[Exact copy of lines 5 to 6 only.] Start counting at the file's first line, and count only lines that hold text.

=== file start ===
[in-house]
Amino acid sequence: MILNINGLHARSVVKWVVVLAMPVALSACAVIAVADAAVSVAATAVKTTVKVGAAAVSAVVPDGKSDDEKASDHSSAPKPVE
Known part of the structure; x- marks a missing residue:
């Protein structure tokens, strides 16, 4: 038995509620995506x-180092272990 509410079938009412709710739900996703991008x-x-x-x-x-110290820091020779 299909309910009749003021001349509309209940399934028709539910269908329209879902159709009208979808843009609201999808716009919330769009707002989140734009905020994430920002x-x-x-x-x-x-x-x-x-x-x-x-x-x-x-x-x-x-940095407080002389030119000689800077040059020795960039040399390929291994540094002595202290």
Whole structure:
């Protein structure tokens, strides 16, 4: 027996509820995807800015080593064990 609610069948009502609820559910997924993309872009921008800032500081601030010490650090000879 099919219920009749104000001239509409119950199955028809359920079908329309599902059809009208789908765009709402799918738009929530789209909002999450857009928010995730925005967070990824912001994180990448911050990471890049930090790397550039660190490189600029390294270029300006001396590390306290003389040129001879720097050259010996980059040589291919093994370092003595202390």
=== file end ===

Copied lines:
Whole structure:
């Protein structure tokens, strides 16, 4: 027996509820995807800015080593064990 609610069948009502609820559910997924993309872009921008800032500081601030010490650090000879 099919219920009749104000001239509409119950199955028809359920079908329309599902059809009208789908765009709402799918738009929530789209909002999450857009928010995730925005967070990824912001994180990448911050990471890049930090790397550039660190490189600029390294270029300006001396590390306290003389040129001879720097050259010996980059040589291919093994370092003595202390």